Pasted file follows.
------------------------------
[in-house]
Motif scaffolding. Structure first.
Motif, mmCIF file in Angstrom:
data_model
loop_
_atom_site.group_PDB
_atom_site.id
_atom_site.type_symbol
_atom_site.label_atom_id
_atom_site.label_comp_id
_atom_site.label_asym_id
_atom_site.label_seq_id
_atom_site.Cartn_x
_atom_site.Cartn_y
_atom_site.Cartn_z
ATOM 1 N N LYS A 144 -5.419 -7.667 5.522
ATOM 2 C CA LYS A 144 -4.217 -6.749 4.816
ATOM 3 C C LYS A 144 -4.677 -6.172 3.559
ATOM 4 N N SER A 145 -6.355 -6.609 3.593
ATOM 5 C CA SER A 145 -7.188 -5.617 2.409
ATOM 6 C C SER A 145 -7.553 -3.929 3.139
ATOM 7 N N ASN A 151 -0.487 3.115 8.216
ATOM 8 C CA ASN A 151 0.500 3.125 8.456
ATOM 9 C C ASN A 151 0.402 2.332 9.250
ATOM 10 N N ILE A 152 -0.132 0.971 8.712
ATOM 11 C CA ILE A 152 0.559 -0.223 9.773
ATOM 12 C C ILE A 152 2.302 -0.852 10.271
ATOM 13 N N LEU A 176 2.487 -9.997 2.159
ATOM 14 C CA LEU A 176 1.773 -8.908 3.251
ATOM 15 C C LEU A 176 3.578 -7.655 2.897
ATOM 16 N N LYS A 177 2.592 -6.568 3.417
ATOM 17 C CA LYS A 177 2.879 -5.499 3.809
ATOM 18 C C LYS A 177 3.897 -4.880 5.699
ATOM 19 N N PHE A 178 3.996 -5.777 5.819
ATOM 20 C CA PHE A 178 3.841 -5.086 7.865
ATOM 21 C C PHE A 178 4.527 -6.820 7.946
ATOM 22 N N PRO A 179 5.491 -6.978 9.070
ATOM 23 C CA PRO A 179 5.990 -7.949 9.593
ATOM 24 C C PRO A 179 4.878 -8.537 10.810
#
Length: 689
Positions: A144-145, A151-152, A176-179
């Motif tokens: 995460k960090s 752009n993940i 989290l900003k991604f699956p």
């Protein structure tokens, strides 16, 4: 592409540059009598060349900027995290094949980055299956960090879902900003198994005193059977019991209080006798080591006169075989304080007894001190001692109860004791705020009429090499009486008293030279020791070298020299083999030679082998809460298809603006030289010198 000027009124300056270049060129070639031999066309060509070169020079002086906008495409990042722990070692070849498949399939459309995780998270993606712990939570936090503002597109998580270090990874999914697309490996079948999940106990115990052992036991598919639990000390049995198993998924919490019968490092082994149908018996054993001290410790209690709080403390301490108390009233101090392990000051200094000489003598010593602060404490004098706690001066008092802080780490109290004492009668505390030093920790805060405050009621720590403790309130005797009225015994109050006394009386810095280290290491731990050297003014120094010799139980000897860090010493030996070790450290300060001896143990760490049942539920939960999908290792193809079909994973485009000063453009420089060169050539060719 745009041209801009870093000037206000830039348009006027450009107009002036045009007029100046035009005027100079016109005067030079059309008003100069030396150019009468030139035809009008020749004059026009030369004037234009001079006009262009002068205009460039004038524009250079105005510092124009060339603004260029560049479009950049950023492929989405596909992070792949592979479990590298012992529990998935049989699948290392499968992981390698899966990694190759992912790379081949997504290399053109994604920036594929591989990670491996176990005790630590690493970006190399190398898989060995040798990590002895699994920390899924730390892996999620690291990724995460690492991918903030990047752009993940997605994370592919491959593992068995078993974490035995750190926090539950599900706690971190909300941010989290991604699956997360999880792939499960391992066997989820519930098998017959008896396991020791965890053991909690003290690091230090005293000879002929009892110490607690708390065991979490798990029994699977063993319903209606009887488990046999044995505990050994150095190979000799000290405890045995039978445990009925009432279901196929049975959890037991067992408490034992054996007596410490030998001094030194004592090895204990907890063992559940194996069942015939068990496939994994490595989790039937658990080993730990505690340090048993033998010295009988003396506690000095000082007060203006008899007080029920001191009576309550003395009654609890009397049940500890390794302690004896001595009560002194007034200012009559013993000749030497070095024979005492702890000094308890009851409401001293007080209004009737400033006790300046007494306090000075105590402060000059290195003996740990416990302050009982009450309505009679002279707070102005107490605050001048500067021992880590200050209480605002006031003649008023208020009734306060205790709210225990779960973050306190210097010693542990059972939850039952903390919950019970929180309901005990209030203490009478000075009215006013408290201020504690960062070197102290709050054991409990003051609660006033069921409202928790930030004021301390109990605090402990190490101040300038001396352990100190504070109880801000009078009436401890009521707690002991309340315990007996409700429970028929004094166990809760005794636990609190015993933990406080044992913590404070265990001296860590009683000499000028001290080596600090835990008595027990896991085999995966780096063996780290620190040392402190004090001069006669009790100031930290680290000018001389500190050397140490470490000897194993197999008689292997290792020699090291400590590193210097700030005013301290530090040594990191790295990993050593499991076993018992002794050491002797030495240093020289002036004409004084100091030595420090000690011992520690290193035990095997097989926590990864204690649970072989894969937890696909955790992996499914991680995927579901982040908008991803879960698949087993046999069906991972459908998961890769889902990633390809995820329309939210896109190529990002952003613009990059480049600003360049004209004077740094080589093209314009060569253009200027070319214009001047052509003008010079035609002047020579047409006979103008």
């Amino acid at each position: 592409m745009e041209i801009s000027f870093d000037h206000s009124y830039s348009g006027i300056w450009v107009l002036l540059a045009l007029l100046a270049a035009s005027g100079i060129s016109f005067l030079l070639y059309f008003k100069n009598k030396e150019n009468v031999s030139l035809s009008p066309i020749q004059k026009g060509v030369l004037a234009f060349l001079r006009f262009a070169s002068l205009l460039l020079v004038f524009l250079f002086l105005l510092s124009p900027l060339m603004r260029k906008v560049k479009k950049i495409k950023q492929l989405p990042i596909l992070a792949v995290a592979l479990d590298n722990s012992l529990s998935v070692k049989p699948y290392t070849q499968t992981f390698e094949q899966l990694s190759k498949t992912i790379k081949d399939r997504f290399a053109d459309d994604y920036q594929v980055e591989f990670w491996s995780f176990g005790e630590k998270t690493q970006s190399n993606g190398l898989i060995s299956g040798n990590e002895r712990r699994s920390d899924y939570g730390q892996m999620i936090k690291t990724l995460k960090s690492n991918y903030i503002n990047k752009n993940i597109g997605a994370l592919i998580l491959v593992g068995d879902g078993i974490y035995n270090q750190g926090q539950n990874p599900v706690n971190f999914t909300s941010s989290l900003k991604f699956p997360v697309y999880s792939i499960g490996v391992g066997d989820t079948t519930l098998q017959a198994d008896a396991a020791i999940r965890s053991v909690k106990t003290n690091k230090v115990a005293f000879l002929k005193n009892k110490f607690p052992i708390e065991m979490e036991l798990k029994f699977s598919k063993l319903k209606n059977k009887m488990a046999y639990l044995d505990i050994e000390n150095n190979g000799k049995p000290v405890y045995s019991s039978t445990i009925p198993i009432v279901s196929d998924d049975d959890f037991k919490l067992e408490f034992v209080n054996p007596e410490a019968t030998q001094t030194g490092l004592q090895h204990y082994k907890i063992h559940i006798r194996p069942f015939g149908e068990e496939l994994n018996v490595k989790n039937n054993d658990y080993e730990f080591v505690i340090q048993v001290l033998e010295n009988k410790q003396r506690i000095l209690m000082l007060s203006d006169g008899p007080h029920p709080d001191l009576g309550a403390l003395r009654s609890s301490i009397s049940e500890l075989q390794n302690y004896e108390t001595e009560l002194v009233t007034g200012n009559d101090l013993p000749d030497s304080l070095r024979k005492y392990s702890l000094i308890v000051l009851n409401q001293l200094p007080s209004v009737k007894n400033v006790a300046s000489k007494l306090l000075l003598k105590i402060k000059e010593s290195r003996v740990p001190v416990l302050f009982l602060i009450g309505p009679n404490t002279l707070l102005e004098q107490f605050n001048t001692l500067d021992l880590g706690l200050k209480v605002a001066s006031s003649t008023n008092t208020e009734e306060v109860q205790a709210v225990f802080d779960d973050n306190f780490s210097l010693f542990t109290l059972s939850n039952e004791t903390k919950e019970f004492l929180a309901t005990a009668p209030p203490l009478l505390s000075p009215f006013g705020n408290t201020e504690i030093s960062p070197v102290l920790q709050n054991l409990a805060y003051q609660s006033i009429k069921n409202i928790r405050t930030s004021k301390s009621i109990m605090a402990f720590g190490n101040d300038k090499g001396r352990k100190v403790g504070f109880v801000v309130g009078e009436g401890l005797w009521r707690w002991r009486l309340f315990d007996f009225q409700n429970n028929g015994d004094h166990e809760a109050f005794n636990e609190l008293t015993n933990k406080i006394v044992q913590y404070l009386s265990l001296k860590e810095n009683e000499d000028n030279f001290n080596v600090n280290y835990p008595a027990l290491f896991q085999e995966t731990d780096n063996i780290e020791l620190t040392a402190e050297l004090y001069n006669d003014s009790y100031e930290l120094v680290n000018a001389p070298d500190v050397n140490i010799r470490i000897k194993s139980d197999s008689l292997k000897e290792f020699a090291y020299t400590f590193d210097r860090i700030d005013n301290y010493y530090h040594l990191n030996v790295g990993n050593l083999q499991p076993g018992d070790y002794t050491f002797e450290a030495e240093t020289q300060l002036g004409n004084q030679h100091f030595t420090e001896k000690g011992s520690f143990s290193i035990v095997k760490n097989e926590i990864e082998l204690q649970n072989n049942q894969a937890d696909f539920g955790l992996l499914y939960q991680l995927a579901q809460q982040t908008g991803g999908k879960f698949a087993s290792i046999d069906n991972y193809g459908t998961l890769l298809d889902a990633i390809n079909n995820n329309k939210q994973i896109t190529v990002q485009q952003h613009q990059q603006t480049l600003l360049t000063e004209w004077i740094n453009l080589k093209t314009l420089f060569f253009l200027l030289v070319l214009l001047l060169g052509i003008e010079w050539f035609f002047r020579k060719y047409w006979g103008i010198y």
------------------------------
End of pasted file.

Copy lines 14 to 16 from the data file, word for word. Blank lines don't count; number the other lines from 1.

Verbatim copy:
_atom_site.Cartn_y
_atom_site.Cartn_z
ATOM 1 N N LYS A 144 -5.419 -7.667 5.522